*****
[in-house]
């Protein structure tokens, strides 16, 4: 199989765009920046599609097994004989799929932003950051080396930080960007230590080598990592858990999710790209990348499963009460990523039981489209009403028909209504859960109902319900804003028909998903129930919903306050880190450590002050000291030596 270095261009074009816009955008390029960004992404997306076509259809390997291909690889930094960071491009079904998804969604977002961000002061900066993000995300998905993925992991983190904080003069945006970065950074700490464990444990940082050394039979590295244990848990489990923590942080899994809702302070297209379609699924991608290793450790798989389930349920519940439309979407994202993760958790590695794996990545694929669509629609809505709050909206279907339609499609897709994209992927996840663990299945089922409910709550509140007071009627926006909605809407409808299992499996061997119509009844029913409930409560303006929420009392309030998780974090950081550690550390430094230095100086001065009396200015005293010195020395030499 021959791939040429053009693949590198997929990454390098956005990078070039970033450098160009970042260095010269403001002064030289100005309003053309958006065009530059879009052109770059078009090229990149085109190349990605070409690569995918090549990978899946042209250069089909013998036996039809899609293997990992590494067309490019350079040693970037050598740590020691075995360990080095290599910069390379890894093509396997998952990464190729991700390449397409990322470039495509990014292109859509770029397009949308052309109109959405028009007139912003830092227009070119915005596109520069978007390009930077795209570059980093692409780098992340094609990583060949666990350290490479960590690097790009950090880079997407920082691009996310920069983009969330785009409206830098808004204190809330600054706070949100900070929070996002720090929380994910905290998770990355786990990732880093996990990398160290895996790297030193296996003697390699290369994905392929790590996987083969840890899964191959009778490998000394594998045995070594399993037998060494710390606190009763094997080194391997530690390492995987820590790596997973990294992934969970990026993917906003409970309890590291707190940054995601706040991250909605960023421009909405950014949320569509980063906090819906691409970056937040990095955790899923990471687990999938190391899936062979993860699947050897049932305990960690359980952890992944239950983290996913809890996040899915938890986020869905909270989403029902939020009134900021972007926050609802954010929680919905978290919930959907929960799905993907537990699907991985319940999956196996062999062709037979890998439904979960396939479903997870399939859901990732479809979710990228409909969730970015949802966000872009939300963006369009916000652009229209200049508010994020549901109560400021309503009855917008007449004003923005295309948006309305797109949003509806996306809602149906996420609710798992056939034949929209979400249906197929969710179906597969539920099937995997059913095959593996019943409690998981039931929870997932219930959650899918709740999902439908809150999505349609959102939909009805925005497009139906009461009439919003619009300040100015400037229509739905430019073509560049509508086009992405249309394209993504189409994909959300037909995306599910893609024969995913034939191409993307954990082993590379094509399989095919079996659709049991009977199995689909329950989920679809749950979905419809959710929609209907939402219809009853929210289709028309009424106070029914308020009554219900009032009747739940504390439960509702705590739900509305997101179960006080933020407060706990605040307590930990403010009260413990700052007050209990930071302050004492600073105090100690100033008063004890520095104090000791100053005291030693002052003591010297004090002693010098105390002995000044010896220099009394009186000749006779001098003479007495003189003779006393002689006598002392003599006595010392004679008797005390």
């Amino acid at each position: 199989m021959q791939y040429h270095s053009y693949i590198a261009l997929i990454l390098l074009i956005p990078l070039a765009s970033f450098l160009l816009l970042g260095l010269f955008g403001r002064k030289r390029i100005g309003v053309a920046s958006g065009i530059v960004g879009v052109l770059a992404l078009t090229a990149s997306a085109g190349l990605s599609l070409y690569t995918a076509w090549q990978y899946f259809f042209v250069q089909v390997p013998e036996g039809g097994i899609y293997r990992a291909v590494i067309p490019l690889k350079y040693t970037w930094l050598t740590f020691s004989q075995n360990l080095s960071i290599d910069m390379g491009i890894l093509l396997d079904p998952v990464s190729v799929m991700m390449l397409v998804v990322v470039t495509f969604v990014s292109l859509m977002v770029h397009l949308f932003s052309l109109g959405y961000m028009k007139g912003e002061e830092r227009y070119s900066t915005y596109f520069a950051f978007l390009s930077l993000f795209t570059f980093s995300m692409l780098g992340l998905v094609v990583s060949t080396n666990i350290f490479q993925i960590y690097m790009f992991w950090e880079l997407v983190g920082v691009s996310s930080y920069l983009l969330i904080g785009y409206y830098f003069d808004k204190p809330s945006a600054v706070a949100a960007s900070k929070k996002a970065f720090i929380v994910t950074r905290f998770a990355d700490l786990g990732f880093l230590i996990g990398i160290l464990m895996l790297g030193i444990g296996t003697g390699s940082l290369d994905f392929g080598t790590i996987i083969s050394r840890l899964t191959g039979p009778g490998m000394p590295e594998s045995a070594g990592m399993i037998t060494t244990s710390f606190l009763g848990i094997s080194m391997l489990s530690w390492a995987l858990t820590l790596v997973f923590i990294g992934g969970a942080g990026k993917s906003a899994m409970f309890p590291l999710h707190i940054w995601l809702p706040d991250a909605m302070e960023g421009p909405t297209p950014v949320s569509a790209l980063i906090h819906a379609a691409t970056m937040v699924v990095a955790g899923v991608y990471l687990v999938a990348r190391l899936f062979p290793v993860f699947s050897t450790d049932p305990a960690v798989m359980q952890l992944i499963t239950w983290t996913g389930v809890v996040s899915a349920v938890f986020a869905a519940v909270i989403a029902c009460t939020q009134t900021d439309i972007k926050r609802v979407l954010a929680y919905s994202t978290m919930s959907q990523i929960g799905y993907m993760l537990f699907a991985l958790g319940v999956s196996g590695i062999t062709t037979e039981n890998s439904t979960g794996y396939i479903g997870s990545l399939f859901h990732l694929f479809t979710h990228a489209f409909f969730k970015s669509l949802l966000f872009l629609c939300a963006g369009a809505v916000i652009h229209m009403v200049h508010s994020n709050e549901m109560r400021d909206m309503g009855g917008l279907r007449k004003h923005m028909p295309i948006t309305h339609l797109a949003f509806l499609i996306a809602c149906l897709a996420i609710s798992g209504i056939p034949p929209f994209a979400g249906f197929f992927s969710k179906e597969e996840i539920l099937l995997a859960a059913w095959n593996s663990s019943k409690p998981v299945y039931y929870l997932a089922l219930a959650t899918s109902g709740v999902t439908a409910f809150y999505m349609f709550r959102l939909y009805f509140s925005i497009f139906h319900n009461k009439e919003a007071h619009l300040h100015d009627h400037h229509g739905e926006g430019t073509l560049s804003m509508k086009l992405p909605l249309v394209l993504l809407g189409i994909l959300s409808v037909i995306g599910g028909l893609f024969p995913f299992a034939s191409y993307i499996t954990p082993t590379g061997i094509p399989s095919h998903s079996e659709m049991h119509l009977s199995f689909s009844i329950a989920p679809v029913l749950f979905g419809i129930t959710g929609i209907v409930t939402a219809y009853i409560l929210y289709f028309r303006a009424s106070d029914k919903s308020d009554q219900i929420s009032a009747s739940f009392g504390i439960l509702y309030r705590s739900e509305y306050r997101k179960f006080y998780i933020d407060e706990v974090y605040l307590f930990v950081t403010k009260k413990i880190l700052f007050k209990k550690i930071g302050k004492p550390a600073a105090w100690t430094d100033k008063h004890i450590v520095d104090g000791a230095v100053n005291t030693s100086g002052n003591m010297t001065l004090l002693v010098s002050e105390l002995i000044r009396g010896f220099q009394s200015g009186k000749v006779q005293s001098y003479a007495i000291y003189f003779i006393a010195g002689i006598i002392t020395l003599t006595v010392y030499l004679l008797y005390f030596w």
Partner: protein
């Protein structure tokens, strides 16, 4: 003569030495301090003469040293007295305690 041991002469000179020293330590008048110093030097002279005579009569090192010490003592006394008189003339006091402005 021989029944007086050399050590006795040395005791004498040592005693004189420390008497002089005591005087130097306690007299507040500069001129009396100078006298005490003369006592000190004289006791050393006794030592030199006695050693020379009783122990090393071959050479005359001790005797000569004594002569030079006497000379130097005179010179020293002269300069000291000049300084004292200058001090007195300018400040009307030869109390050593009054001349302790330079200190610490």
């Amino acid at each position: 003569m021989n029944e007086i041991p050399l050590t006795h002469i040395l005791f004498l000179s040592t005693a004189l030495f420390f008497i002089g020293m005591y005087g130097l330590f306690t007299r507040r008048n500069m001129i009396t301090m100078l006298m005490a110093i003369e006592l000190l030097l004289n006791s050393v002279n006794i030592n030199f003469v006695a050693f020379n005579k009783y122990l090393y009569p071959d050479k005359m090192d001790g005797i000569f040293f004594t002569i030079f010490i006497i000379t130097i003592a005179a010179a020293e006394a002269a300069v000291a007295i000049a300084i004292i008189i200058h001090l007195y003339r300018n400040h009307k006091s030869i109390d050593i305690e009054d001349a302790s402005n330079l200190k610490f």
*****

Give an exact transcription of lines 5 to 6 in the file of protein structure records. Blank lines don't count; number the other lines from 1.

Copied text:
């Protein structure tokens, strides 16, 4: 003569030495301090003469040293007295305690 041991002469000179020293330590008048110093030097002279005579009569090192010490003592006394008189003339006091402005 021989029944007086050399050590006795040395005791004498040592005693004189420390008497002089005591005087130097306690007299507040500069001129009396100078006298005490003369006592000190004289006791050393006794030592030199006695050693020379009783122990090393071959050479005359001790005797000569004594002569030079006497000379130097005179010179020293002269300069000291000049300084004292200058001090007195300018400040009307030869109390050593009054001349302790330079200190610490």
């Amino acid at each position: 003569m021989n029944e007086i041991p050399l050590t006795h002469i040395l005791f004498l000179s040592t005693a004189l030495f420390f008497i002089g020293m005591y005087g130097l330590f306690t007299r507040r008048n500069m001129i009396t301090m100078l006298m005490a110093i003369e006592l000190l030097l004289n006791s050393v002279n006794i030592n030199f003469v006695a050693f020379n005579k009783y122990l090393y009569p071959d050479k005359m090192d001790g005797i000569f040293f004594t002569i030079f010490i006497i000379t130097i003592a005179a010179a020293e006394a002269a300069v000291a007295i000049a300084i004292i008189i200058h001090l007195y003339r300018n400040h009307k006091s030869i109390d050593i305690e009054d001349a302790s402005n330079l200190k610490f």